Beijing appears to retract vaccine mandate after pushback

A pharmacist looks through a small window as she serves customers at a local pharmacy on July 6, 2022 in Beijing, China. (Photo by Kevin Frayer/Getty Images)

The Chinese capital Beijing appears to have backed off a plan to launch a vaccine mandate for entry into certain public spaces after pushback from residents.

While not explicitly saying it had dropped the plan, a city official was quoted in state media late Thursday saying that people could enter venues with a negative virus test result and a temperature check, as has been the norm. They also said vaccinations would continue on the principle of "informed, voluntary consent."

An unidentified official in the pandemic control office said residents of the city could enter any sort of public venue with a negative PCR test done in the last 72 hours and a temperature check, according to a short question and answer post from the official Beijing Daily, the main paper of the city government, published late Thursday night.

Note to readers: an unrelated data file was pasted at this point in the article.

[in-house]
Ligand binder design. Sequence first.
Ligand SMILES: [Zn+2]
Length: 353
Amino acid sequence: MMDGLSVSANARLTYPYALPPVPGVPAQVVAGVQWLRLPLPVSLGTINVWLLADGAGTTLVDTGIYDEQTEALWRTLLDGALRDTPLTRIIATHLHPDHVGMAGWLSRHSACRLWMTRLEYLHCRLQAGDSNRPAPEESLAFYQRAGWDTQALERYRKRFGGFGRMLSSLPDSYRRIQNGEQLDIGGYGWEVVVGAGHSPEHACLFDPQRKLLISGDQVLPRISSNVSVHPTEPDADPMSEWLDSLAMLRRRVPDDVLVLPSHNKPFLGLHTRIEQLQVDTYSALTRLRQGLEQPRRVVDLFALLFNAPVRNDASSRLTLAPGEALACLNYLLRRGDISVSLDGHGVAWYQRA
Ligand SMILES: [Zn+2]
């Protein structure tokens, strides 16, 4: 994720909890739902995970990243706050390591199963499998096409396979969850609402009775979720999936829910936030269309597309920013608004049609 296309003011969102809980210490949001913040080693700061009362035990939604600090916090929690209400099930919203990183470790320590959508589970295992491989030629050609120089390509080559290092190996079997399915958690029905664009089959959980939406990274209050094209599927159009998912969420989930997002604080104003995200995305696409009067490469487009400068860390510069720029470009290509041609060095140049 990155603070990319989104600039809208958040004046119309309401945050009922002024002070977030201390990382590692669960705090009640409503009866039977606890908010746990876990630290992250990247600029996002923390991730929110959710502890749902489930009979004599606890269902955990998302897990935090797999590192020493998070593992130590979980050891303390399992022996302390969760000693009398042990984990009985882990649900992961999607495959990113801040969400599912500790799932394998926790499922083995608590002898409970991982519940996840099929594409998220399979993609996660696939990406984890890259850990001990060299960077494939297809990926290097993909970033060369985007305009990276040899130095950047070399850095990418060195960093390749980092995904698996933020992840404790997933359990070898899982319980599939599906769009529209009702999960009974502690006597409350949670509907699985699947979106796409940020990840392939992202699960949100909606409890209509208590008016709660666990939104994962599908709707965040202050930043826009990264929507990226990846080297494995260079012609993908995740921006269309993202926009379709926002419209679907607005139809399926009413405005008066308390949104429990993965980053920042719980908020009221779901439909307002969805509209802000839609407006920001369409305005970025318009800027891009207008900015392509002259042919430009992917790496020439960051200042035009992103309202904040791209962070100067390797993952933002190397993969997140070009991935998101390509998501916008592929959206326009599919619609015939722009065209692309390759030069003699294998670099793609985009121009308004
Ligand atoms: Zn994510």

The city announced Wednesday that starting next week, people had to show proof of COVID-19 vaccination before they can enter some public spaces including gyms, museums and libraries. It drew intense discussion as city residents worried how the sudden policy announcement would disrupt their lives.

A phone call to the Beijing government's press office to confirm the policy change did not go through. The phone had been set to "do not disturb" mode according to a recorded message.

Online and offline, some criticized the policy, worrying that it would force those who weren’t vaccinated to get the shots, or lose out on access to many public spaces. The announcement was trending Thursday on the Chinese social networking service Weibo.

The government is concerned about the remaining numbers of unvaccinated people, especially those over age 60 who are vulnerable. In April, the Beijing government announced that over 80% of people over 60 had gotten a vaccine, some 3.4 million people.


Associated Press researcher Yu Bing contributed to this report from Beijing.